A variant of the invention is illustrated in FIG. 3: here, the sealing profile, which is denoted by 1′, has a strip 16 made from a different material, for example aluminum, plastic, etc., which is visually attractive in combination with the respective covering panels, which strip 16 is arranged on the upper side of a base body or of the actual sealing part 18. The covering panels (not illustrated) in this case preferably have no chamfers 14 (FIG. 1) at their upper edges but rather have recesses which correspond in shape and size to the shape and size of the strip 16. The shape and size of the cross section of the strip need not be that which is illustrated purely schematically; a trapezium shape is particularly favorable on account of the pulling action into the joint.

The connection between the actual sealing part 18 and the strip 16 takes place either by means of adhesive or by means of a T-shaped retaining strip 17 which is indicated purely schematically in FIG. 3 and which is preferably produced in one piece with the sealing part 18 itself. On account of the fact that it can be dispensed with, said retaining strip 17 has been illustrated as a separate part, and purely schematically without any consideration as to how it can be inserted into the strip 16.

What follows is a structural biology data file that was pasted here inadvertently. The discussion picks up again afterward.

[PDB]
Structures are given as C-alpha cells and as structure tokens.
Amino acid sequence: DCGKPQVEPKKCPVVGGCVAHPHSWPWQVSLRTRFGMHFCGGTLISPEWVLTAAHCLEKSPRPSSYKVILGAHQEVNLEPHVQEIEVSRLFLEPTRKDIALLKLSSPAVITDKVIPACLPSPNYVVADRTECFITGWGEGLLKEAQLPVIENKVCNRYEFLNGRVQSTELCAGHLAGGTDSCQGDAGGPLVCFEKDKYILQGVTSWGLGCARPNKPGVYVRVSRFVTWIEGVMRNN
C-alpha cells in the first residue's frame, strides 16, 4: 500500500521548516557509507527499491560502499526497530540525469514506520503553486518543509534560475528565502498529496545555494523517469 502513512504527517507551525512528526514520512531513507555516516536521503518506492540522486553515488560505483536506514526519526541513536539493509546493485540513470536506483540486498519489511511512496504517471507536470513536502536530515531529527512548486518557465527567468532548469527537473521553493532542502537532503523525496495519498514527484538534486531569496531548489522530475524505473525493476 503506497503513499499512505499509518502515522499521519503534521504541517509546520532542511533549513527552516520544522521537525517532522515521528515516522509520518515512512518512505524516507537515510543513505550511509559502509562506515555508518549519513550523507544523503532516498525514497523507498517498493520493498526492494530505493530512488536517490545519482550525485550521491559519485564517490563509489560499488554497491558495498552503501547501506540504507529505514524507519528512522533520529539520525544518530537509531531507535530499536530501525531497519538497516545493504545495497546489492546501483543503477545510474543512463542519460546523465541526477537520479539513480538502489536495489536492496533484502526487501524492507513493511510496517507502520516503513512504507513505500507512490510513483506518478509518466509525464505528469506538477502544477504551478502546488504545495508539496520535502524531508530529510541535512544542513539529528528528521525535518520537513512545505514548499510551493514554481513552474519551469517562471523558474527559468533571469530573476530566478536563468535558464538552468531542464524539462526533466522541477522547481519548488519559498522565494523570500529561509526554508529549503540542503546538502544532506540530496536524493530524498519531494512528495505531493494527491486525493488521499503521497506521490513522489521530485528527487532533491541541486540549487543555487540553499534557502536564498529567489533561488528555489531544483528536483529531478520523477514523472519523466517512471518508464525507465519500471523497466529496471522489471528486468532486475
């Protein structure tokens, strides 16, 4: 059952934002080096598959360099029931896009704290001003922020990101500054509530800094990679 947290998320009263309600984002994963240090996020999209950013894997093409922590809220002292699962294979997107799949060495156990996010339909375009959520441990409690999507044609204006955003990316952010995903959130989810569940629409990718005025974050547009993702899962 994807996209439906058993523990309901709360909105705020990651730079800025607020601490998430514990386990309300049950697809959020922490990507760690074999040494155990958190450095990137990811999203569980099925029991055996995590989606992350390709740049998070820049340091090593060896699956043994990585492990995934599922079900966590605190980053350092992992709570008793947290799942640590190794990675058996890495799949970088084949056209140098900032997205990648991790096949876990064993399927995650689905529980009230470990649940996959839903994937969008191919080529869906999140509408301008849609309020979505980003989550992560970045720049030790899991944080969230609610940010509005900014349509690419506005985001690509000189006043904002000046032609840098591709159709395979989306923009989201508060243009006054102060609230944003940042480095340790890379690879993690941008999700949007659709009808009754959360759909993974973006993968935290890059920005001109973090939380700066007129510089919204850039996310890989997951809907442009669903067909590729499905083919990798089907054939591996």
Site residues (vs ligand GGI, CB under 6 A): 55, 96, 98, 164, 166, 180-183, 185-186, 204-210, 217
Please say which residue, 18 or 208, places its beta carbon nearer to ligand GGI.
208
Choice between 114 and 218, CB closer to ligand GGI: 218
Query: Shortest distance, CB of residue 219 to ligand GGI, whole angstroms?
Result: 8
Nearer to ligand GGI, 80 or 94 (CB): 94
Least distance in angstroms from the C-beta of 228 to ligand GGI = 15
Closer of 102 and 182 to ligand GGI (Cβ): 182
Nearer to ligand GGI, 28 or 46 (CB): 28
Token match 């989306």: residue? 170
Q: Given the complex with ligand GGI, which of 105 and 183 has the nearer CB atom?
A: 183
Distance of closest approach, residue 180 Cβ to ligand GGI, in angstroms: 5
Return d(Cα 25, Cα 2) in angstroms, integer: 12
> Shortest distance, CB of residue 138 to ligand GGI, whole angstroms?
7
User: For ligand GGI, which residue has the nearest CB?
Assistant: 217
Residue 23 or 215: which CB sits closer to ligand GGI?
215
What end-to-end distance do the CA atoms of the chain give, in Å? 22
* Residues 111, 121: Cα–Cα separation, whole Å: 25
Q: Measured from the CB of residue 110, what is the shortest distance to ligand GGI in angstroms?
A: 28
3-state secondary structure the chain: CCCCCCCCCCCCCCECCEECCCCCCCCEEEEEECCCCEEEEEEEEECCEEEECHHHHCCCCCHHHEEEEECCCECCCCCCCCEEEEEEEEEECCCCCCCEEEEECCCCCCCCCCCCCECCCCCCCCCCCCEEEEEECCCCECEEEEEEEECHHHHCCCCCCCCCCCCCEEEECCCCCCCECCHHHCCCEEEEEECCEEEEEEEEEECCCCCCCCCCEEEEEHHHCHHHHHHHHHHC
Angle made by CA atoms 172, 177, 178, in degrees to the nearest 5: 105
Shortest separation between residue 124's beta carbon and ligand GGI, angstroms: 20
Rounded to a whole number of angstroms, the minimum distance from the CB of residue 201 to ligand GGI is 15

As can be seen from FIG. 3, as a result of the provision of the strip 16, there is no loss in terms of the technical properties of the sealing profile 1 (which, here, in its entirety, forms the base body) or 1′ (having the base body 18 and the strip 16) with regard to the advantages which can be obtained; in contrast, a further visual design possibility is obtained. The groove 12′ is of rectangular design in this exemplary embodiment.

FIG. 4 shows, presented in section adjacent to one another, the foot end of a seal 1 as an enlarged detail with a widening 10′ which is a variant of the widening 10 of FIG. 1, and a covering panel 2 with a chamfer 9′ which is adapted thereto and is often present in the prior art.

The invention can be modified in various ways and is not restricted to the exemplary embodiment shown. For example, the shape and size of the individual regions of the base body, in particular of the lateral widenings 10 and the number and design of the projections 13, can be of different design to those illustrated. It is essential that the seal can be inserted after the laying of the panels, and that said seal is in direct contact with the side faces of said panels. Here, it is not important whether the panels rest on fastening panels 6 or are adhesively bonded to a base face or are laid in a bed of mortar.